Alzheimer's disease pathophysiology

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Editor-In-Chief: C. Michael Gibson, M.S., M.D. [1]; Associate Editor(s)-in-Chief: Syed Hassan A. Kazmi BSc, MD [2], Aravind Reddy Kothagadi M.B.B.S[3]

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Alzheimer disease (AD), is a progressive neurodegenerative disorder. The dysfunction of amyloid precursor protien (APP) metabolism and the resulting build up of of Aβ peptides and their aggregation in the form of senile plaques in the brain parenchyma of individuals have been considered pivotal for neurodegeneration in the disease. Cognitive impairment in patients with AD is closely associated with synaptic loss in the neocortex and limbic system. In familial forms of AD, mutations result in an increased Aβ production or aggregation, in sporadic AD, failure of the clearance mechanisms might play a key role. Loss of mature neurons and alterations in neural progenitor cells (NPCs) in areas such as the dentate gyrus (DG) of the hippocampus have been found to be responsible for manifestations of AD. On gross pathology, temporal atrophy (hippocampus in particular), dilation of lateral ventricles and third ventricle are characteristic findings of Alzheimer's disease. The microscopic histopathological features of alzheimer's disease consist neurofibrillary tangles, senile plaques, neuronal loss, and with or without cerebral amyloid angiopathy.


Alzheimer disease (AD), is a progressive neurodegenerative disorder. The dysfunction of amyloid precursor protien (APP) metabolism and the resulting build up of of Aβ peptides and their aggregation in the form of senile plaques in the brain parenchyma of individuals have been considered pivotal for neurodegeneration in the disease. There is also an accumulation of intracellular neurofibrillary tangles that consist of hyperphosphorylated tau protein and a profound loss of basal forebrain cholinergic neurons that innervate the hippocampus, and the neocortex.


The following factors lead to the development of Alzheimer's dementia:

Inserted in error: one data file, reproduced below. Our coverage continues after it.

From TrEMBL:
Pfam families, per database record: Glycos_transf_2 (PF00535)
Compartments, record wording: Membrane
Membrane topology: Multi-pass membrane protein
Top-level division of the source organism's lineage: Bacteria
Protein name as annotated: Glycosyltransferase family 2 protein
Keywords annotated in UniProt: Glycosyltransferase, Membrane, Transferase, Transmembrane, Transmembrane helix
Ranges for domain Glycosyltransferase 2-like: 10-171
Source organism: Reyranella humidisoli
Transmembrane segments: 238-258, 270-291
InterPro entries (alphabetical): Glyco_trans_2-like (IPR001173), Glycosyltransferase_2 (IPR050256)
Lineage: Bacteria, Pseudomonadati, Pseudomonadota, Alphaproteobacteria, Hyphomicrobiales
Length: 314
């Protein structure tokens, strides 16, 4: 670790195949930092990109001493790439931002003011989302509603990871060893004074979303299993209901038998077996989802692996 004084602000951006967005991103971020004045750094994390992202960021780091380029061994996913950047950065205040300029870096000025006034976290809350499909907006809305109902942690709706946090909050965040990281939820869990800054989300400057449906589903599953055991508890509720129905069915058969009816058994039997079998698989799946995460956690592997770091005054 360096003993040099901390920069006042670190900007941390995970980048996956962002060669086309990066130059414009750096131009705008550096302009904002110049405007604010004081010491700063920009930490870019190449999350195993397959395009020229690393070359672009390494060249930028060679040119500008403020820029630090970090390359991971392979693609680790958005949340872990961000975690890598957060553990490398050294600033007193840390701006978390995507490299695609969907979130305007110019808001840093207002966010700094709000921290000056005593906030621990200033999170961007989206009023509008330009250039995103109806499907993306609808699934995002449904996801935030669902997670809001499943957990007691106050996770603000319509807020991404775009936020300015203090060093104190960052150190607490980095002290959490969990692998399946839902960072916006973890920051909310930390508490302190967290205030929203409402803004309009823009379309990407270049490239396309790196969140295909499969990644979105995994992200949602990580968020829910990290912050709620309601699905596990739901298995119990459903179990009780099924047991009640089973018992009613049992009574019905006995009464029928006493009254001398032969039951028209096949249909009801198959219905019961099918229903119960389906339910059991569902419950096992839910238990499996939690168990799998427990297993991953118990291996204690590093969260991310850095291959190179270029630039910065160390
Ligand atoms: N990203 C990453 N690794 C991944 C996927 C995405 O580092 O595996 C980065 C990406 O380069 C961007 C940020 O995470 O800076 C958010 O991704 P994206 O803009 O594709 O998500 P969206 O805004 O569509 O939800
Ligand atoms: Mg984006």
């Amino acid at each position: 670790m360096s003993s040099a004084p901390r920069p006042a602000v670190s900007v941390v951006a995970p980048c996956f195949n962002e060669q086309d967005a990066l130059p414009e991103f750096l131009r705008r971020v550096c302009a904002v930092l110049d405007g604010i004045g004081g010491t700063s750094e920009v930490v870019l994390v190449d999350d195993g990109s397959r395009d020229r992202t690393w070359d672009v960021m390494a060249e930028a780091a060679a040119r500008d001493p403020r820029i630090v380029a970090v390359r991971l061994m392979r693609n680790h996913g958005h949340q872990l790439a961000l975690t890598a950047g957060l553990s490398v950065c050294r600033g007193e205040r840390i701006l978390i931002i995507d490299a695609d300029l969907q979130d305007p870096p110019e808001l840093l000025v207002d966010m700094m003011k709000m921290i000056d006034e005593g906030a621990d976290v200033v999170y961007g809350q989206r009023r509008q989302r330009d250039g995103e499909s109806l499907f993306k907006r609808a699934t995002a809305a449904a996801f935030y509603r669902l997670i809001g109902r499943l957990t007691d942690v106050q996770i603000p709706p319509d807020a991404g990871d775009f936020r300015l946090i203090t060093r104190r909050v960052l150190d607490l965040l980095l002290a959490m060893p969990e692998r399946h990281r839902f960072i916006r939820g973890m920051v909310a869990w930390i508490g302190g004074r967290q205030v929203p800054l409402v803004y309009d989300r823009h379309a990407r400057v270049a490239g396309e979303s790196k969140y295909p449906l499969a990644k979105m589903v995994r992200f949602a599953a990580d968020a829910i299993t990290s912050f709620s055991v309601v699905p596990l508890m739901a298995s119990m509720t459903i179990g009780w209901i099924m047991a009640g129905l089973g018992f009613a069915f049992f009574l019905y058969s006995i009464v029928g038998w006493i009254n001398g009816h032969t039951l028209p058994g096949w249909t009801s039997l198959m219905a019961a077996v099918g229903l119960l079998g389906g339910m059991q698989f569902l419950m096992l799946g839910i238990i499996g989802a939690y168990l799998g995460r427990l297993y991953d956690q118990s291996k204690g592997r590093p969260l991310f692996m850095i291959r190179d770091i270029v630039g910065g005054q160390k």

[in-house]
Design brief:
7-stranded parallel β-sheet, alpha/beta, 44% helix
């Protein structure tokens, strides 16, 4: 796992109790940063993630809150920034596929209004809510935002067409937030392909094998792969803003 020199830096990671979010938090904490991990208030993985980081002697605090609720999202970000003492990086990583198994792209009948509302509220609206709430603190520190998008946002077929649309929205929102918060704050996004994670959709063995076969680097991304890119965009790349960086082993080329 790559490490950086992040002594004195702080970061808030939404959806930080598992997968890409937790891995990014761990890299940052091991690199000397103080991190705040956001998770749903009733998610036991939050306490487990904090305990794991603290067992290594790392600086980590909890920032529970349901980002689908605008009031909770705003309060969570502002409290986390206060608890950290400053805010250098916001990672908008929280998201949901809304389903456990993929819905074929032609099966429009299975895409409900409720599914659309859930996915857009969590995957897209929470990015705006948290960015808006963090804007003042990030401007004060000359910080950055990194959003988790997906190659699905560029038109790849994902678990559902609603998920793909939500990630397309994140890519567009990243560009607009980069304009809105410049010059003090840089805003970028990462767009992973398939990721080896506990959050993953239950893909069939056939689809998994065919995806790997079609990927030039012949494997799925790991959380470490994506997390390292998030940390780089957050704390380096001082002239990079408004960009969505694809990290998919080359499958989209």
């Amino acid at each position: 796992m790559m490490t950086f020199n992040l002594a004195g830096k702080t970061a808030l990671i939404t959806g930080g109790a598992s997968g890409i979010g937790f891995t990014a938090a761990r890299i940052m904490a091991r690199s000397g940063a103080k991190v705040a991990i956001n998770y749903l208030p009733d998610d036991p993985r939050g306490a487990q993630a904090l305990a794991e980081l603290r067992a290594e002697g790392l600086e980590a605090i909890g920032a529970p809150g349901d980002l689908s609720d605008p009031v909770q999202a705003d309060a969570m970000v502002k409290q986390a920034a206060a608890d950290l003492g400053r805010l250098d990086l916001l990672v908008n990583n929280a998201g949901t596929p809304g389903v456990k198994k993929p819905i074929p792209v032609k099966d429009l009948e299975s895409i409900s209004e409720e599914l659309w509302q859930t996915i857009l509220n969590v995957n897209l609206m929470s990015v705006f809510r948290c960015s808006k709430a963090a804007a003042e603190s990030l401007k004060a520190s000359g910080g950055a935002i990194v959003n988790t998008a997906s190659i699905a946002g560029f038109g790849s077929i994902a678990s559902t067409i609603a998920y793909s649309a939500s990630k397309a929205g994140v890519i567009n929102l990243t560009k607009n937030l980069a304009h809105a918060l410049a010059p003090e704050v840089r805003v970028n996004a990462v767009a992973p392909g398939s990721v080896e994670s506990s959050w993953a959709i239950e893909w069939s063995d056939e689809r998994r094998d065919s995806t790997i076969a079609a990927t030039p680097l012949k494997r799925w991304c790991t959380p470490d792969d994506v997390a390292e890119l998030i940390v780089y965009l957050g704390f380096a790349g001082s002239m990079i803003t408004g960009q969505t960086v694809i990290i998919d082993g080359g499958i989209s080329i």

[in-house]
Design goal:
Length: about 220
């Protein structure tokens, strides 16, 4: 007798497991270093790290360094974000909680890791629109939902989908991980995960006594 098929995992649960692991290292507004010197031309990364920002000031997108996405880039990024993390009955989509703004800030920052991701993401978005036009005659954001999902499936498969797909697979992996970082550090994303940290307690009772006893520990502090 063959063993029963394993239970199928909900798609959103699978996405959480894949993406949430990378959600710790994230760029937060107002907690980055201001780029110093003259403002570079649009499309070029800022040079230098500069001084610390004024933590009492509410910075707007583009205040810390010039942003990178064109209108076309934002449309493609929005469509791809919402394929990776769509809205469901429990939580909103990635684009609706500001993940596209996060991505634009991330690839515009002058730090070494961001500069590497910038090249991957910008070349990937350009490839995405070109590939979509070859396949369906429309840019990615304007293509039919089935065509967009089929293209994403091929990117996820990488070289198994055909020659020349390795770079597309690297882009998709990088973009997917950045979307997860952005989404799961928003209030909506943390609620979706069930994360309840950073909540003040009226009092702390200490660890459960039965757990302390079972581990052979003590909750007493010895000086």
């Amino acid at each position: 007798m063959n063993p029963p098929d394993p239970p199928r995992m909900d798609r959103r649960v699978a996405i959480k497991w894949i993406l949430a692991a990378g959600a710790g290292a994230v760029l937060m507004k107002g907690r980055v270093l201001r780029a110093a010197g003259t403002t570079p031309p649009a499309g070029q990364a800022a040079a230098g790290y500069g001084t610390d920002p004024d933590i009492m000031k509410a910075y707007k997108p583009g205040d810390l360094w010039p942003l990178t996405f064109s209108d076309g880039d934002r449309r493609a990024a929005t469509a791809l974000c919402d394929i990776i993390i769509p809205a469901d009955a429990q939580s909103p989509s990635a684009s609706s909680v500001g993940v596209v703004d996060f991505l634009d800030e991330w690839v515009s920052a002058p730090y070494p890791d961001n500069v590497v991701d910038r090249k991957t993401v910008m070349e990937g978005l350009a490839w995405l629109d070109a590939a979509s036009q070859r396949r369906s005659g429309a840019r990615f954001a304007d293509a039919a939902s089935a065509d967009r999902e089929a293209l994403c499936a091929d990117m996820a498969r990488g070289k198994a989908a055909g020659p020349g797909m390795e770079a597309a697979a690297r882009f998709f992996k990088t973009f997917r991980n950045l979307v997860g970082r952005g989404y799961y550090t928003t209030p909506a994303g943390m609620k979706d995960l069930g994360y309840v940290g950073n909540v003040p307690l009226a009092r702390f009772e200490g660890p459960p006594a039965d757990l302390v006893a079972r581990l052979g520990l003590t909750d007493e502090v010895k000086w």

The pathogenesis of Alzheimer's dementia (AD) can be explained by four pathological processes. The processes involved in the development of AD and their molecular basis is as follows:[1][2]

(i) Neuronal loss

(ii) Aggregation of extra-cellular amyloid β (Aβ)

Constitutive (nonamyloidogenic) pathway

  • In the constitutive pathway, proteolysis of APP by α- and γ-secretases results in nonpathogenic fragments (sAPPα and α-C-terminal fragment)

Amyloidogenic pathway

(iii) CDK5 pathway

(iv) Formation of intraneuronal neurofibrillary tangles (tau protein accumulation)


Genetic origin of Alzheimer's dementia (AD) demonstrates an autosomal dominant pattern of inheritance. Alzheimer's dementia arising from genetic alterations may lead to early onset (<60 years) of disease. The following mutations are implicated in the development of AD are:[20]

Common genes

Early onset (Alzheimer's dementia-AD 1, 3 and 4)

30-50 percent of early-onset Alzheimer's dementia (AD) is associated with an autosomal dominant inheritance and consists of mutations in the following genes:[21][22]

Late onset (Alzheimer's dementia -AD2)

Less common genes

Less common genes associated with the development of AD are:

Associated Conditions

Gross Pathology

Comparison of alzheimer's disease brain, By derivative work: Garrondo,"Alzheimer's Disease Education and Referral Center, a service of the National Institute on Aging.", via Wikimedia Commons

Microscopic Pathology

Neurofibrillary tangles in the Hippocampus of an old person with Alzheimer's,
Biopsy specimen displaying a neuritic plaque in a case of Alzheimers Disease,
Neurofibrillary tangles in the Hippocampus of elderly with Alzheimer,


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